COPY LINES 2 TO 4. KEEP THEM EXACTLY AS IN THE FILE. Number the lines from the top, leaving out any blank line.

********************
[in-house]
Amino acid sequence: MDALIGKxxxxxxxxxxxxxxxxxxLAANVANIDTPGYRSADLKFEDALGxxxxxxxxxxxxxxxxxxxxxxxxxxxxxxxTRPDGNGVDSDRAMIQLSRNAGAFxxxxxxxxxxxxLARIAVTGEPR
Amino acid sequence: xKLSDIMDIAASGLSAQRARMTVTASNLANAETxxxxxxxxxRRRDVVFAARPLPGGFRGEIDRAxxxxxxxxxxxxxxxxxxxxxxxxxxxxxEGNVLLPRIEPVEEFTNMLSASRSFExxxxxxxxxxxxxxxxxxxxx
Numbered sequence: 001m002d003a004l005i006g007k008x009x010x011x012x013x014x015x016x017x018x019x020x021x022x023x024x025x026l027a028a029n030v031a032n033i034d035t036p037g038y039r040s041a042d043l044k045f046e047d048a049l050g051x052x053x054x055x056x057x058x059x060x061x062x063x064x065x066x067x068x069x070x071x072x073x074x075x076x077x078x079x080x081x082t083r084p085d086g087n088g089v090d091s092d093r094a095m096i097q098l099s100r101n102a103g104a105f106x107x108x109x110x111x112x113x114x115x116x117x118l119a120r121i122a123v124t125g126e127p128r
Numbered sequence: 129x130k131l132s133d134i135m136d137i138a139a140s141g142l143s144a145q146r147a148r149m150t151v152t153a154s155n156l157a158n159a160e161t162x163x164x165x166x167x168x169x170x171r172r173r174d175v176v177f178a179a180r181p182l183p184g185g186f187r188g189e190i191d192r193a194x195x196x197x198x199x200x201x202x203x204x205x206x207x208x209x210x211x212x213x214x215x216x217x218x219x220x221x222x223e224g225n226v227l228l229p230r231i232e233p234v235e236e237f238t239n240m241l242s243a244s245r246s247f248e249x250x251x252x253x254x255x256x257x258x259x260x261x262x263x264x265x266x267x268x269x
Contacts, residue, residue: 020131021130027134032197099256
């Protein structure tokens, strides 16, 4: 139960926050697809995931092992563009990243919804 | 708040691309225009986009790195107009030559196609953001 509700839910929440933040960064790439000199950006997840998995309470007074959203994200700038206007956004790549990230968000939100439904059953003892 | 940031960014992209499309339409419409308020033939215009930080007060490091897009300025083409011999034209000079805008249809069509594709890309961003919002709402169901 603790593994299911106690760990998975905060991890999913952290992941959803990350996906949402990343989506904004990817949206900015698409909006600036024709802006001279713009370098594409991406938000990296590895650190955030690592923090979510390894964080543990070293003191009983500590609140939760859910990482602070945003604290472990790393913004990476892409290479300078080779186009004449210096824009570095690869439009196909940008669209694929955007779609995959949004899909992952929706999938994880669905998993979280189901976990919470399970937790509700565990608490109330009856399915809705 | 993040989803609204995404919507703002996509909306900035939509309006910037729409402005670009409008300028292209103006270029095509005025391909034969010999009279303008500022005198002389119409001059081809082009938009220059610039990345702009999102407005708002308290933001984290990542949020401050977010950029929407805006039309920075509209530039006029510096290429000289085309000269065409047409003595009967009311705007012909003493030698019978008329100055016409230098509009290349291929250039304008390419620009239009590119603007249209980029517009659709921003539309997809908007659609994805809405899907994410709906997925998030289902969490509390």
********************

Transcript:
Amino acid sequence: MDALIGKxxxxxxxxxxxxxxxxxxLAANVANIDTPGYRSADLKFEDALGxxxxxxxxxxxxxxxxxxxxxxxxxxxxxxxTRPDGNGVDSDRAMIQLSRNAGAFxxxxxxxxxxxxLARIAVTGEPR
Amino acid sequence: xKLSDIMDIAASGLSAQRARMTVTASNLANAETxxxxxxxxxRRRDVVFAARPLPGGFRGEIDRAxxxxxxxxxxxxxxxxxxxxxxxxxxxxxEGNVLLPRIEPVEEFTNMLSASRSFExxxxxxxxxxxxxxxxxxxxx
Numbered sequence: 001m002d003a004l005i006g007k008x009x010x011x012x013x014x015x016x017x018x019x020x021x022x023x024x025x026l027a028a029n030v031a032n033i034d035t036p037g038y039r040s041a042d043l044k045f046e047d048a049l050g051x052x053x054x055x056x057x058x059x060x061x062x063x064x065x066x067x068x069x070x071x072x073x074x075x076x077x078x079x080x081x082t083r084p085d086g087n088g089v090d091s092d093r094a095m096i097q098l099s100r101n102a103g104a105f106x107x108x109x110x111x112x113x114x115x116x117x118l119a120r121i122a123v124t125g126e127p128r